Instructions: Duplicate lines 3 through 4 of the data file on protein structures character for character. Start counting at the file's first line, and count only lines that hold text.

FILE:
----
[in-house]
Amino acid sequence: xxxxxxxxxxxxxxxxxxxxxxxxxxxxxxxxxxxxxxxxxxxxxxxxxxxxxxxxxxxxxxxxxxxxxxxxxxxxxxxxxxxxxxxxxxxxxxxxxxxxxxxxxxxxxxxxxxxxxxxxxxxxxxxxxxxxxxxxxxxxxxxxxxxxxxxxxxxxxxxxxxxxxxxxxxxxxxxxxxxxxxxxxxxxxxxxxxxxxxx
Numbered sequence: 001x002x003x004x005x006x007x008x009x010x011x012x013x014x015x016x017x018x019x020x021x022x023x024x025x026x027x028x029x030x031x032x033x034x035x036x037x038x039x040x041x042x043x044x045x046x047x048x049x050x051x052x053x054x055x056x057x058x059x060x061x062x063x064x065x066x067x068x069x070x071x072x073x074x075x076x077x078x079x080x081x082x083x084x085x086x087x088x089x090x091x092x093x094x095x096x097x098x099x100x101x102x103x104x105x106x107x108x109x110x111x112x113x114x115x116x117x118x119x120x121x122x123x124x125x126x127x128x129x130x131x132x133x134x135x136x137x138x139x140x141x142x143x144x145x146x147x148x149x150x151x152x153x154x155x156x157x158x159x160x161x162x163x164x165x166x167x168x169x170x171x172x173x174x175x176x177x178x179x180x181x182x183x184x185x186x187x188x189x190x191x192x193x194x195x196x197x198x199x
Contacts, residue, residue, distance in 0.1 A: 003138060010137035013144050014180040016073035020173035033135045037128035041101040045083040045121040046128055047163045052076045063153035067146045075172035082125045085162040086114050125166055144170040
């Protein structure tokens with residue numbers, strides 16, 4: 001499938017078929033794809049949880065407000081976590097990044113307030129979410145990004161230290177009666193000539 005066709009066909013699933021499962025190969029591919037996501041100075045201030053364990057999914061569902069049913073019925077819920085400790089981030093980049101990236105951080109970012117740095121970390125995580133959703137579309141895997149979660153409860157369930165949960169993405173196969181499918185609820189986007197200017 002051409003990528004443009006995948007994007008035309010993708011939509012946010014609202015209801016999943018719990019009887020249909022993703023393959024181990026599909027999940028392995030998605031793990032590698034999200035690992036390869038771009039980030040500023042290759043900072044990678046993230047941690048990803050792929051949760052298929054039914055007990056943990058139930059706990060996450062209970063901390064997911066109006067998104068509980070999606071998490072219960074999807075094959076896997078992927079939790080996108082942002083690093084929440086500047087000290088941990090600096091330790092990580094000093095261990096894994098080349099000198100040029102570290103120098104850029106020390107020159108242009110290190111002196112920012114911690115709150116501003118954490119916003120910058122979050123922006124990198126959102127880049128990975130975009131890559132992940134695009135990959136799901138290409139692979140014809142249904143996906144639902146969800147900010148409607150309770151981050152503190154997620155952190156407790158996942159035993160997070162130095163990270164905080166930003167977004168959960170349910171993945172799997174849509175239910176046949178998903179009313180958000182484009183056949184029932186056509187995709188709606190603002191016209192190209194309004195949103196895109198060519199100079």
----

Numbered sequence: 001x002x003x004x005x006x007x008x009x010x011x012x013x014x015x016x017x018x019x020x021x022x023x024x025x026x027x028x029x030x031x032x033x034x035x036x037x038x039x040x041x042x043x044x045x046x047x048x049x050x051x052x053x054x055x056x057x058x059x060x061x062x063x064x065x066x067x068x069x070x071x072x073x074x075x076x077x078x079x080x081x082x083x084x085x086x087x088x089x090x091x092x093x094x095x096x097x098x099x100x101x102x103x104x105x106x107x108x109x110x111x112x113x114x115x116x117x118x119x120x121x122x123x124x125x126x127x128x129x130x131x132x133x134x135x136x137x138x139x140x141x142x143x144x145x146x147x148x149x150x151x152x153x154x155x156x157x158x159x160x161x162x163x164x165x166x167x168x169x170x171x172x173x174x175x176x177x178x179x180x181x182x183x184x185x186x187x188x189x190x191x192x193x194x195x196x197x198x199x
Contacts, residue, residue, distance in 0.1 A: 003138060010137035013144050014180040016073035020173035033135045037128035041101040045083040045121040046128055047163045052076045063153035067146045075172035082125045085162040086114050125166055144170040